What Kind of Continuing Education Should You Be Taking? Why do I take classes?Each time I teach a continuing education class, I ask each massage therapist, ” What kind of classes have you taken in the past ?” The typical response: Some forms of energy work, Thai massage, Neuromuscular, Sports, Medical Massage (not sure what that is) and various other modalities. And invariably I ask the million-dollar question,” Why did you take these classes and how much revenue did they produce?’ Puzzled they give me the, “What do you mean look?” Like, isn’t the whole idea of taking continuing education to learn more? Yes and no, so I tell them what I learned early from my own continuing education courses:

“Tell me and I forget, teach me and I may remember, involve me and I learn.” ― Benjamin Franklin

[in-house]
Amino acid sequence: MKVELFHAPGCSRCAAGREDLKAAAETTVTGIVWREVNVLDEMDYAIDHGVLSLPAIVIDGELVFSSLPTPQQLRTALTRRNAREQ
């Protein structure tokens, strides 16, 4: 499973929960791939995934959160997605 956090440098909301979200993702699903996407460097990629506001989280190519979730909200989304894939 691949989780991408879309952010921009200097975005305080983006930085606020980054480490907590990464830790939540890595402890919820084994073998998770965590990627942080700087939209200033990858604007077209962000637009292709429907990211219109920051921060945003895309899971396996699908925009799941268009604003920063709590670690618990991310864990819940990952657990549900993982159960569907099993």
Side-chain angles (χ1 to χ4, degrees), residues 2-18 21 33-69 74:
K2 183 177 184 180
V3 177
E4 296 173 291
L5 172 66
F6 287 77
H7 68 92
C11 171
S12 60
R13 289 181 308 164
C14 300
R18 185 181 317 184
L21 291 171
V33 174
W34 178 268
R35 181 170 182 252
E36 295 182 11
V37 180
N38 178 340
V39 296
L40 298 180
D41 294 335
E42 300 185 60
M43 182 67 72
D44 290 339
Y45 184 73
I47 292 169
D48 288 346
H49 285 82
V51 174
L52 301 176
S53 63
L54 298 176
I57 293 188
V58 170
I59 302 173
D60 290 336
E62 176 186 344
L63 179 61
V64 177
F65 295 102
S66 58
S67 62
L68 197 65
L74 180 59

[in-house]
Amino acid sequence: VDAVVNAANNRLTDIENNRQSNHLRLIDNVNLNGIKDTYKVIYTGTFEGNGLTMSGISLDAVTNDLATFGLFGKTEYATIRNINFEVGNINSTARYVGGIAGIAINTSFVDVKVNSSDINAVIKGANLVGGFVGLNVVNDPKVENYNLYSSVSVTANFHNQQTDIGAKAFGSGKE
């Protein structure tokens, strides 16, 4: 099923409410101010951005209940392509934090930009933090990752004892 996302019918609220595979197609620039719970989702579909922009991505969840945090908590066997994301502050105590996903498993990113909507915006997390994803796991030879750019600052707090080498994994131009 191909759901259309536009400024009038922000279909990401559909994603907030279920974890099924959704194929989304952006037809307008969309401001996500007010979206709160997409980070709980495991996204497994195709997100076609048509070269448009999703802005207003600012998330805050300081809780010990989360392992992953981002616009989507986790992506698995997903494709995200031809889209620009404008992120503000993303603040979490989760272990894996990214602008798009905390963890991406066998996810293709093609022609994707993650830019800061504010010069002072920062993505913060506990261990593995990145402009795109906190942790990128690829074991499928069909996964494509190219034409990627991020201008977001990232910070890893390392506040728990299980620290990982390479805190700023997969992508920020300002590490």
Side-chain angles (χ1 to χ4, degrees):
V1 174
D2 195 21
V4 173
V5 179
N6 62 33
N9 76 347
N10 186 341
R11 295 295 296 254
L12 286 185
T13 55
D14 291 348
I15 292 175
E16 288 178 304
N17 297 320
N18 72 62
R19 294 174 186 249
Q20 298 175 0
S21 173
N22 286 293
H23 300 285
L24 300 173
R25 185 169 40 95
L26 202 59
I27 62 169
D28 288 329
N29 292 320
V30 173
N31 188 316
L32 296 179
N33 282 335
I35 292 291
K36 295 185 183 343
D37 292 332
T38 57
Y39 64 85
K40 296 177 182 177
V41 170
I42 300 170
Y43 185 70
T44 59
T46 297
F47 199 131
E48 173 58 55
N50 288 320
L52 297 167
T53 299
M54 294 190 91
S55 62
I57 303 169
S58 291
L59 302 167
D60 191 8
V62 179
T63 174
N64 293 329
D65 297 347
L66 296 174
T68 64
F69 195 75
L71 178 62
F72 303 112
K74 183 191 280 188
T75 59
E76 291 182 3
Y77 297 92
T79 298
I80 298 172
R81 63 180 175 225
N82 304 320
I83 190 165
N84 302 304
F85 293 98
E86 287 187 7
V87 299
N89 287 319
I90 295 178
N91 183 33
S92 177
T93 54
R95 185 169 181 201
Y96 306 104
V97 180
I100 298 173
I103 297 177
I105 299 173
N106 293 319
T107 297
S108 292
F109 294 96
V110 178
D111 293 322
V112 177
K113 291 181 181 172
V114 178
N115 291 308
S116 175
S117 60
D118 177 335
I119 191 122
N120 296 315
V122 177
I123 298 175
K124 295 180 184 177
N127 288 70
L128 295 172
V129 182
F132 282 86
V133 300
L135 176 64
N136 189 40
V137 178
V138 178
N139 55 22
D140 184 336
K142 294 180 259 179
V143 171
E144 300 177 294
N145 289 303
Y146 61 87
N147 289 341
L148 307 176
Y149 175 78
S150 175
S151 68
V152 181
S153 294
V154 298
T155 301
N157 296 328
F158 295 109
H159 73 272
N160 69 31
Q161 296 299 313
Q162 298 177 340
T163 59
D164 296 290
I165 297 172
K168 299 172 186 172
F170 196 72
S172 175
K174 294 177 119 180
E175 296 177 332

When I graduated massage school, I was gung-ho to take any sports-massage related class that was offered. Some of the classes, I received a certificate and for others they were an ongoing programs that required you to take a series of courses, which at the end of the series you were offered a test to be certified in the whole modality upon passing. One program in particular took a year to complete. When I came close to the end of the series, I realized I had forgotten the first one and needed to refresh. Of course I never finished. Most of the techniques I learned were great, but overtime they were painful to apply. And soon I needed massage for doing massage. So, what did I learn from my experience? Working full-time leaves little time to take classes. But I was burned out, injured and feeling trapped in a rut. It was time for me to take new classes that were going to work for me this time and allow me to continue without injury. Oh yeah, I would also like it increase my revenue. What a novel idea? From here on out my continuing education had to meet this new criteria. In 2001, I elected to take three new modalities: Neuro-Kinetic Therapy 5-days, $900., Stones, 4-days $800. and Ashiatsu Bar Therapy, 3-days $500. All promised to increase revenue and two promised to save my hands. All classes were out of state requiring airfare, hotel and food, adding an extra $1000.00 expense to each class. The total was a whopping of $5200. for all three. These expenses did not include 3 weeks without pay. Upon my return I had a renewed purpose and 3 new modalities to add to my services. Let’s start with the Neuro-Kinetic® Therapy. Benny Vaughn is truly a dynamic motivator. No teacher has ever surpassed what I learned from him personally. I highly recommend him. From the class itself, I was able to utilize his methods immediately and it landed me a faithful client I had for years that loved the work. I produced revenue, however it was hard on my hands and this remained an ongoing issue. Then I took LaStone®. I loved this work, but the preparation time, the lugging of the stones and the cleanup were both taxing and time consuming. Later I took two more stones courses from companies that taught different stone techniques. Preparation and cleanup were still a major glitch, so I resolved the issue by developing a 6-stone routine that was suitable for house calls and it became my signature treatment. My clients loved it! The revenue from this stone routine far exceeded my expectations and my hands were uninjured. Last but not least, Ashiatsu Bar Therapy. Wow,when I realized I could do deep-tissue massage all day without hurting myself, in turn, this allowed me to do more services, plus my clients loved it, I knew I had hit the Jackpot! Which is why I teach itCool. We massage therapists’ work hard to pay for our continuing education. Shouldn’t we expect it to do the same for us? What classes have you taken that prevented injury and produced revenue too? Post questions or comments, we would really like to hear from you.